I'm running into a problem with the System.Timers.Timer in a windows service. I basically set the timer up in a base polling service class with the following code:

_serviceTimer.Elapsed += OnElapsedTime;
_serviceTimer.Interval = ServiceTimerInterval.TotalMilliseconds;
_serviceTimer.AutoReset = false;
_serviceTimer.Enabled = true;

When the OnElapsedTime fires, I want to disable the timer and set the interval to a different value based on a lookup. The problem is when I change the interval it actually restarts the timer. This strange behavior is mentioned in the msndn docs with:

Note: If Enabled and AutoReset are both set to false, and the timer has previously been enabled, setting the Interval property causes the Elapsed event to be raised once, as if the Enabled property had been set to true. To set the interval without raising the event, you can temporarily set the AutoReset property to true. Timer.Interval

In the onelapsed event I have this:

_serviceTimer.Enabled = false;
double newIntervalSetting = newSetting;
base._serviceTimer.AutoReset = true;
base._serviceTimer.Interval = newIntervalSetting;
base._serviceTimer.AutoReset = false;
//reenable after processing

The problem is the interval change still begins the timer countdown and eventually fires off the event even though I set the autoreset to true prior to changing the interval. The enabled remains false at all times, but the event still fires. I'm not sure if I'm misinterpreting the msdn docs about the correct way to do this. Can anyone help me out?

  • Yup, it is a miserable class. That's why System.Threading.Timer exists. – Hans Passant Mar 29 '11 at 22:18
  • Yeah, it definitely does seem to have limitations. I think I'm going to use the shortcut below and then switch it over when I get the chance. – gleasonomicon Mar 30 '11 at 15:01

Can you set a boolean m_SetEnabled = true in your existing OnElapsedTime event and then add if(m_SetEnabled) { m_SetEnabled = false; return; } to just ignore the single event that gets fired.


I believe this has to do with the EventHandler being called from a different thread than the code currently setting Enabled to false.

According to MSDN Doc:

The signal to raise the Elapsed event is always queued for execution on a ThreadPool thread, so the event-handling method might run on one thread at the same time that a call to the Stop method runs on another thread. This might result in the Elapsed event being raised after the Stop method is called. The code example in the next section shows one way to work around this race condition.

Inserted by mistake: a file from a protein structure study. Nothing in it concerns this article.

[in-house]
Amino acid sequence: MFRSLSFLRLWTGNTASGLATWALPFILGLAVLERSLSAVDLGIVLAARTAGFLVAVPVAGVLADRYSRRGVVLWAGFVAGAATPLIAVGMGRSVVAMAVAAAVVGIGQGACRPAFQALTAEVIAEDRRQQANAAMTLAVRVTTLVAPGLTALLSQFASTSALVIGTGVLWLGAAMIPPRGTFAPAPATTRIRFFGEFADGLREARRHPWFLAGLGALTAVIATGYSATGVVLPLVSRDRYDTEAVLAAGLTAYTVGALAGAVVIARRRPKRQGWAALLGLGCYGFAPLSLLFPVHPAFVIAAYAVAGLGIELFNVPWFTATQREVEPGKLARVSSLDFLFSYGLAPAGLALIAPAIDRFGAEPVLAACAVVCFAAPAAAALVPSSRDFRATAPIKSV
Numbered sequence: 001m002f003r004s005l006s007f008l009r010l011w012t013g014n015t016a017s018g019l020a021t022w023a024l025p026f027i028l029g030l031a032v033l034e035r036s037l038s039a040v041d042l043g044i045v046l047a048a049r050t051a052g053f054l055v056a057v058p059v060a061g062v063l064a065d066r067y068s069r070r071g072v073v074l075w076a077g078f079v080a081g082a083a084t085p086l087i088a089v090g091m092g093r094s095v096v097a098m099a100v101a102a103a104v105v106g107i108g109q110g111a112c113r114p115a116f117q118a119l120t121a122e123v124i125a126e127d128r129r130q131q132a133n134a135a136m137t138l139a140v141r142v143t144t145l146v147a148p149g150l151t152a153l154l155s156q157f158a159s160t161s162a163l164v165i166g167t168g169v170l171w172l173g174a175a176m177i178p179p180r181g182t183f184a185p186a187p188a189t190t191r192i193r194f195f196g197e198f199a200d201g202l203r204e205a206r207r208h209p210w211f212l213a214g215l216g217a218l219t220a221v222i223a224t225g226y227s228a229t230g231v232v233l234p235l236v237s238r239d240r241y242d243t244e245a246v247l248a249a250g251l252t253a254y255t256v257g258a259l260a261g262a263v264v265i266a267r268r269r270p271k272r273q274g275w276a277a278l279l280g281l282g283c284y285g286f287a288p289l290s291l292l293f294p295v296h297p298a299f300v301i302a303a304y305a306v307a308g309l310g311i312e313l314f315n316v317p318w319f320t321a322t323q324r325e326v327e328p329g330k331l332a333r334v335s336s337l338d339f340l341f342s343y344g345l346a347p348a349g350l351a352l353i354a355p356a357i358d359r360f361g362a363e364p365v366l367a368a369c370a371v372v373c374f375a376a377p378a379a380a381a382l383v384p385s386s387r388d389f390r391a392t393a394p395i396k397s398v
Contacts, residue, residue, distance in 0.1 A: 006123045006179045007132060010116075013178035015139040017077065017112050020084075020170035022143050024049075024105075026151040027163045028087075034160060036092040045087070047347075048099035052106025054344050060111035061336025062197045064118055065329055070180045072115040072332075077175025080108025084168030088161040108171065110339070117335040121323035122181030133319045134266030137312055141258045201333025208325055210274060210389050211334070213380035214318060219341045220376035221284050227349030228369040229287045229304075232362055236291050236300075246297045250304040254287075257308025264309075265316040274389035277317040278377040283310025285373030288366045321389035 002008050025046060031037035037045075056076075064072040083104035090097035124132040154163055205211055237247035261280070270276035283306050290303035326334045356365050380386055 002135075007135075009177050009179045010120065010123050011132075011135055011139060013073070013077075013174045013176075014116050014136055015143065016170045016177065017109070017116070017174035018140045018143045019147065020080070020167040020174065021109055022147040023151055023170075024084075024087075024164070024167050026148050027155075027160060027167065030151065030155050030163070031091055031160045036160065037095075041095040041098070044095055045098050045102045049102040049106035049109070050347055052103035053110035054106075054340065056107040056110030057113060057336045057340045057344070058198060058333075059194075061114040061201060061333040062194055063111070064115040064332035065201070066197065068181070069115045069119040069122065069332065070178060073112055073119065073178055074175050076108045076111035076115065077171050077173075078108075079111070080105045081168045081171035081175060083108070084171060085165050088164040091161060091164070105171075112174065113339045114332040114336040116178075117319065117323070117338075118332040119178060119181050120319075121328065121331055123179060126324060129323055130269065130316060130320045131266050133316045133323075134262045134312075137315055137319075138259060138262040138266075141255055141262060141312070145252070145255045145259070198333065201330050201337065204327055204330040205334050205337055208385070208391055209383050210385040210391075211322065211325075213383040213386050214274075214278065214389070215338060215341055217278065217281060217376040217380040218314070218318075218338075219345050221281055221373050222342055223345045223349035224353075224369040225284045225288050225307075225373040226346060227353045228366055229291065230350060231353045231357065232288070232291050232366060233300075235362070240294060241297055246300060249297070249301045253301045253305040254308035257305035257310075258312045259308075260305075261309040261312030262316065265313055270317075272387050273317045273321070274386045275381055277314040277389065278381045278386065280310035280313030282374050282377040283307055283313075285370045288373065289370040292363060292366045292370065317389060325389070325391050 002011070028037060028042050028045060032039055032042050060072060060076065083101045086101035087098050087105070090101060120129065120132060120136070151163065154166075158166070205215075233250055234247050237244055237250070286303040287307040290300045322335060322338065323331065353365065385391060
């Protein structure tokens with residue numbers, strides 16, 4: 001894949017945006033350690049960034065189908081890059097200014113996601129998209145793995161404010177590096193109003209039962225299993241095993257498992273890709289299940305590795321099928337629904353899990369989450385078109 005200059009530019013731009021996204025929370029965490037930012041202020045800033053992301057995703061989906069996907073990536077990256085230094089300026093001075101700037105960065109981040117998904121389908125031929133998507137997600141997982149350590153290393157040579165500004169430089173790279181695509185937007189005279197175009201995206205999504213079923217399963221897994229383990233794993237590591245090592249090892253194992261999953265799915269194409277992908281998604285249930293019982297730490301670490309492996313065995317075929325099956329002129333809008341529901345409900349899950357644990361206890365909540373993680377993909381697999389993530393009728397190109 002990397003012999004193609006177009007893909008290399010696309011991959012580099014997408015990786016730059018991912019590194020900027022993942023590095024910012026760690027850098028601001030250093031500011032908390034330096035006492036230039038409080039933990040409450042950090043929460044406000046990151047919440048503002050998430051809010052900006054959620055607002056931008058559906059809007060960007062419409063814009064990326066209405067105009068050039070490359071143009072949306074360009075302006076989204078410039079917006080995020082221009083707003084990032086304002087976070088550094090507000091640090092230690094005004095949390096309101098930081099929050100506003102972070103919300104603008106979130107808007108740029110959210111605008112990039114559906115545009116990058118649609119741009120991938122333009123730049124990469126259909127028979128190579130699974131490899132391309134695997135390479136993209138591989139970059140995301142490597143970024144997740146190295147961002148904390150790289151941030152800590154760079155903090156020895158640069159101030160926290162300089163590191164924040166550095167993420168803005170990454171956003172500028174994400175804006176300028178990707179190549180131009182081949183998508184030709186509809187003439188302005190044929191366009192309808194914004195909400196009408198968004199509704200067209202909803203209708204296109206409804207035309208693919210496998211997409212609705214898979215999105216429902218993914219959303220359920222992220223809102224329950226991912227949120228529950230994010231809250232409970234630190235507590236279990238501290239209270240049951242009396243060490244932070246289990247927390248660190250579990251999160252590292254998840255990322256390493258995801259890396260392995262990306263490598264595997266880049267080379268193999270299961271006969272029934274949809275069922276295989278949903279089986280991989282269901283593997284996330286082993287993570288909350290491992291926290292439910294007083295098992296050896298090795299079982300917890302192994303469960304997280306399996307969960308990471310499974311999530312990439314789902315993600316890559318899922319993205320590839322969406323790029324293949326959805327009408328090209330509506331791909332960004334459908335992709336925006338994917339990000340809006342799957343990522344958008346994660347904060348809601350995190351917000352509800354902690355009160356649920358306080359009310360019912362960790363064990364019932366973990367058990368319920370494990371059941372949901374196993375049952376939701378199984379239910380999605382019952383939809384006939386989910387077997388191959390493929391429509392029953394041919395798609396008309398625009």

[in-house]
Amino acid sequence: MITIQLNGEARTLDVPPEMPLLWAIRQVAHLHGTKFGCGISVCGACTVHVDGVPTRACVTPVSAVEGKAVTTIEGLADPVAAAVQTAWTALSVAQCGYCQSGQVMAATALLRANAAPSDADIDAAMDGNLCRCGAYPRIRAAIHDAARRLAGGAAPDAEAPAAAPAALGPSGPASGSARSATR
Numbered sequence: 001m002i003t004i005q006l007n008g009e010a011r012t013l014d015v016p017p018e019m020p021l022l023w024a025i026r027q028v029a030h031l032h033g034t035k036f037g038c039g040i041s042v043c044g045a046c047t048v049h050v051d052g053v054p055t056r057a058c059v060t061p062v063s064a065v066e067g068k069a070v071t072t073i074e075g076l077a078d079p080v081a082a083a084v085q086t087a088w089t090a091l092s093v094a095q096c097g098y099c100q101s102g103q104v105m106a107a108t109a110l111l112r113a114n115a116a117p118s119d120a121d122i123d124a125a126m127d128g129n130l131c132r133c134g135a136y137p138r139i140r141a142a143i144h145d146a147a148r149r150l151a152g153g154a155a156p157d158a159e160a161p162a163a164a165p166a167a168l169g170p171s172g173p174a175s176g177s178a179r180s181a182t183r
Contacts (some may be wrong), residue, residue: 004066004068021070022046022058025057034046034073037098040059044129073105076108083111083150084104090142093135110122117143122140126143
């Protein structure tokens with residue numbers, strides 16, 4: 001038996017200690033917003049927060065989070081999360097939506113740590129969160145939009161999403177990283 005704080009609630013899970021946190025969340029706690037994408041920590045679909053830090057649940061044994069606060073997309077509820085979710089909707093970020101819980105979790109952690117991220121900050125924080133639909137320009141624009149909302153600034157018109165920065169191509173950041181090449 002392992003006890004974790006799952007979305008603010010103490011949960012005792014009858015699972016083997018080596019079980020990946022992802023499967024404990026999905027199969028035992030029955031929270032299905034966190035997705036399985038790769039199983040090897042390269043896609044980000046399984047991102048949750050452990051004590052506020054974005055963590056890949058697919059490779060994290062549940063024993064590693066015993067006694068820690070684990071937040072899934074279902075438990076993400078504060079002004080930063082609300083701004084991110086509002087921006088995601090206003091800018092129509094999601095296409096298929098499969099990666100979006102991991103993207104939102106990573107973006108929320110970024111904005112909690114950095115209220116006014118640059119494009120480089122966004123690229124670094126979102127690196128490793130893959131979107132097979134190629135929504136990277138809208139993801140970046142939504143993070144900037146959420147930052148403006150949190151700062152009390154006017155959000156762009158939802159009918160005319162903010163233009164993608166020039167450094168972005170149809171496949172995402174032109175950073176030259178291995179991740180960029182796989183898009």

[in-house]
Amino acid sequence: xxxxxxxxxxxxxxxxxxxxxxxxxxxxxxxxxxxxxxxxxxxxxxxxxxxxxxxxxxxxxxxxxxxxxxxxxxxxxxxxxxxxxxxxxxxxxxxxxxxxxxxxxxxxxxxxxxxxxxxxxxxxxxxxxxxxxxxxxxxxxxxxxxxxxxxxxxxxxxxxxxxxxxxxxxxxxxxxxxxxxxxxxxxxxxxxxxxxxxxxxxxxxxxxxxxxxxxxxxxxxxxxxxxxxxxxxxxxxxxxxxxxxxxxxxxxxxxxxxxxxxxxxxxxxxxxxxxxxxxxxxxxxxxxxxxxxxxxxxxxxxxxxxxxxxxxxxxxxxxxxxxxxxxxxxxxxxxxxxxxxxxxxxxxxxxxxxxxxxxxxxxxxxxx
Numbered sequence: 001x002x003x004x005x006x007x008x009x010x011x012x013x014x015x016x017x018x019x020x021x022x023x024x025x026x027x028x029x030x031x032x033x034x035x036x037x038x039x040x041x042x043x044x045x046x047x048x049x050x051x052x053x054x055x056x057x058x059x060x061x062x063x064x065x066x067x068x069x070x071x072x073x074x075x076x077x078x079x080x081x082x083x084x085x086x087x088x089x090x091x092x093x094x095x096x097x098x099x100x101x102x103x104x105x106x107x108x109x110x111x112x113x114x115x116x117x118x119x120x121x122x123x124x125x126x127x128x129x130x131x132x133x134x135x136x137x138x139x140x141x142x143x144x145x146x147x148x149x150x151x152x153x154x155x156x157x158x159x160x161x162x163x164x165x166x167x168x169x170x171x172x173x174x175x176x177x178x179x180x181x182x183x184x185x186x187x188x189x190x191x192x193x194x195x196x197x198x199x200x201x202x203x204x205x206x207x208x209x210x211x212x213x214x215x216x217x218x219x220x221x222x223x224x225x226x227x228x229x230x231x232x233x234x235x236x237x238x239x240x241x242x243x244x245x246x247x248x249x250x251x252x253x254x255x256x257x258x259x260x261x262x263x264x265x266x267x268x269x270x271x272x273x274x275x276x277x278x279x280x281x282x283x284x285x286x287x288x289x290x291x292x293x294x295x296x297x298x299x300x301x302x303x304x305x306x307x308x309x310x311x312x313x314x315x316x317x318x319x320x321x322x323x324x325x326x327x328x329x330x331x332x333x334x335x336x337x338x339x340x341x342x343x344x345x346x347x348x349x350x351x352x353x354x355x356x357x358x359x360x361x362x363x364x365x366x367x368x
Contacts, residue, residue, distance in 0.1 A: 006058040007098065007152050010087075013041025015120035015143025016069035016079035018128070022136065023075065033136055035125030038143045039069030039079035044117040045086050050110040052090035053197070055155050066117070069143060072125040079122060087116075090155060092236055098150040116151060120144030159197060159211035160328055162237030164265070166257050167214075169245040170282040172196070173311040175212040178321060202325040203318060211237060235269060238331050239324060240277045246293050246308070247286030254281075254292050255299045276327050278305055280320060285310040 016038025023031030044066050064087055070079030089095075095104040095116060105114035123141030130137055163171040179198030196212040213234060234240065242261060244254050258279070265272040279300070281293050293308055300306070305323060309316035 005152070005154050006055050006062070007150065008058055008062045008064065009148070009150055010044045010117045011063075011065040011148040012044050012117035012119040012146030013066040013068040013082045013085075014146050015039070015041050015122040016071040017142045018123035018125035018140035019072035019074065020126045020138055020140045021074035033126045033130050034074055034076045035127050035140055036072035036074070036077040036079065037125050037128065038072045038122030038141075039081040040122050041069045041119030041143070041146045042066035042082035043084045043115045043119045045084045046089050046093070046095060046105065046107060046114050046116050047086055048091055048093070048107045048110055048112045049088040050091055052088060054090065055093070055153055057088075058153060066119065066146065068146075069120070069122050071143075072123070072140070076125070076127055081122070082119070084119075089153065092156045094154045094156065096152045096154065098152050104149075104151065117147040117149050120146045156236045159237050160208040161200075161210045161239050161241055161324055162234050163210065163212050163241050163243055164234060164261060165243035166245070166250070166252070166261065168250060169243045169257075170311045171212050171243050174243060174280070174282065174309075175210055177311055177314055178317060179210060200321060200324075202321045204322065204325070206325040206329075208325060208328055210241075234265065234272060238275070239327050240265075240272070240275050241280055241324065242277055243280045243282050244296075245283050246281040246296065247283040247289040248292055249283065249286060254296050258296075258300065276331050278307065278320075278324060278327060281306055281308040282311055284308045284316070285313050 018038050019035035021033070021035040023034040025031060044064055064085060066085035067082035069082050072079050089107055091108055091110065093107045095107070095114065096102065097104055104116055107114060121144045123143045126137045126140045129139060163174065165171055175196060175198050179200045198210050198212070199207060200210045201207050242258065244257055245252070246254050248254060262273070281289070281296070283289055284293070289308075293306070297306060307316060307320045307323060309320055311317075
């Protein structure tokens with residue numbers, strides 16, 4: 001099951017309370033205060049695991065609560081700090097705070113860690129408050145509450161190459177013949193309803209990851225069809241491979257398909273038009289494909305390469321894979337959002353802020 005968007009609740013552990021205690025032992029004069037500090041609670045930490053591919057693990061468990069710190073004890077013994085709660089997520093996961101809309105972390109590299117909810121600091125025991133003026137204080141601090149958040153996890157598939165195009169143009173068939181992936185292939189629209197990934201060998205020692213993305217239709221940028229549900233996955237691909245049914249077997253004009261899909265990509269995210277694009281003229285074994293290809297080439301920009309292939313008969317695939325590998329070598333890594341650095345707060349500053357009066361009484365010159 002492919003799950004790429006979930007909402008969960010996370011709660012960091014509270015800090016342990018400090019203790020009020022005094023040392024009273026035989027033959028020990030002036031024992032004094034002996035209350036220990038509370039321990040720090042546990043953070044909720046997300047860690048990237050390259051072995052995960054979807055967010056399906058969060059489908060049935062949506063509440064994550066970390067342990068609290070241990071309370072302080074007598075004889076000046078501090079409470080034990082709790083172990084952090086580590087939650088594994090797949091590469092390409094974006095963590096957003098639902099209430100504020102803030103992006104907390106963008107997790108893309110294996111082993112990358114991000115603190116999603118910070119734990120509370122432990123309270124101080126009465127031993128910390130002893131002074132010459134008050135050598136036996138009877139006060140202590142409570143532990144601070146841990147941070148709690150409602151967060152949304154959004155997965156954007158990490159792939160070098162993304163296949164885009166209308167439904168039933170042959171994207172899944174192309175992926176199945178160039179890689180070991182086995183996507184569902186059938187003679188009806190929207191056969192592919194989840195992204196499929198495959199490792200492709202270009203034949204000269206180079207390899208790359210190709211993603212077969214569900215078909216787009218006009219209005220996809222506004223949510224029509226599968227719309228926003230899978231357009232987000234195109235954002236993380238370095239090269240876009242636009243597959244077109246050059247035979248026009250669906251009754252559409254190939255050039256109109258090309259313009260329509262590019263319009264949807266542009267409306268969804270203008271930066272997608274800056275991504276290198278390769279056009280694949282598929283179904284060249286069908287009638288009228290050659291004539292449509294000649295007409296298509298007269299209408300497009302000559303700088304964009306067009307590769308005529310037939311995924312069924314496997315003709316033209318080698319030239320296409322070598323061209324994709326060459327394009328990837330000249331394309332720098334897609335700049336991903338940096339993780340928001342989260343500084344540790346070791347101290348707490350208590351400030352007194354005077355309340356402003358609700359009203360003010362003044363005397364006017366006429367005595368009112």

private static void HandleElapsed(object sender, ElapsedEventArgs e)
    numEvents += 1;

    // This example assumes that overlapping events can be
    // discarded. That is, if an Elapsed event is raised before 
    // the previous event is finished processing, the second
    // event is ignored. 
    // CompareExchange is used to take control of syncPoint, 
    // and to determine whether the attempt was successful. 
    // CompareExchange attempts to put 1 into syncPoint, but
    // only if the current value of syncPoint is zero 
    // (specified by the third parameter). If another thread
    // has set syncPoint to 1, or if the control thread has
    // set syncPoint to -1, the current event is skipped. 
    // (Normally it would not be necessary to use a local 
    // variable for the return value. A local variable is 
    // used here to determine the reason the event was 
    // skipped.)
    int sync = Interlocked.CompareExchange(ref syncPoint, 1, 0);
    if (sync == 0)
        // No other event was executing.
        // The event handler simulates an amount of work
        // lasting between 50 and 200 milliseconds, so that
        // some events will overlap.
        int delay = timerIntervalBase 
            - timerIntervalDelta / 2 + rand.Next(timerIntervalDelta);
        numExecuted += 1;

        // Release control of syncPoint.
        syncPoint = 0;
        if (sync == 1) { numSkipped += 1; } else { numLate += 1; }

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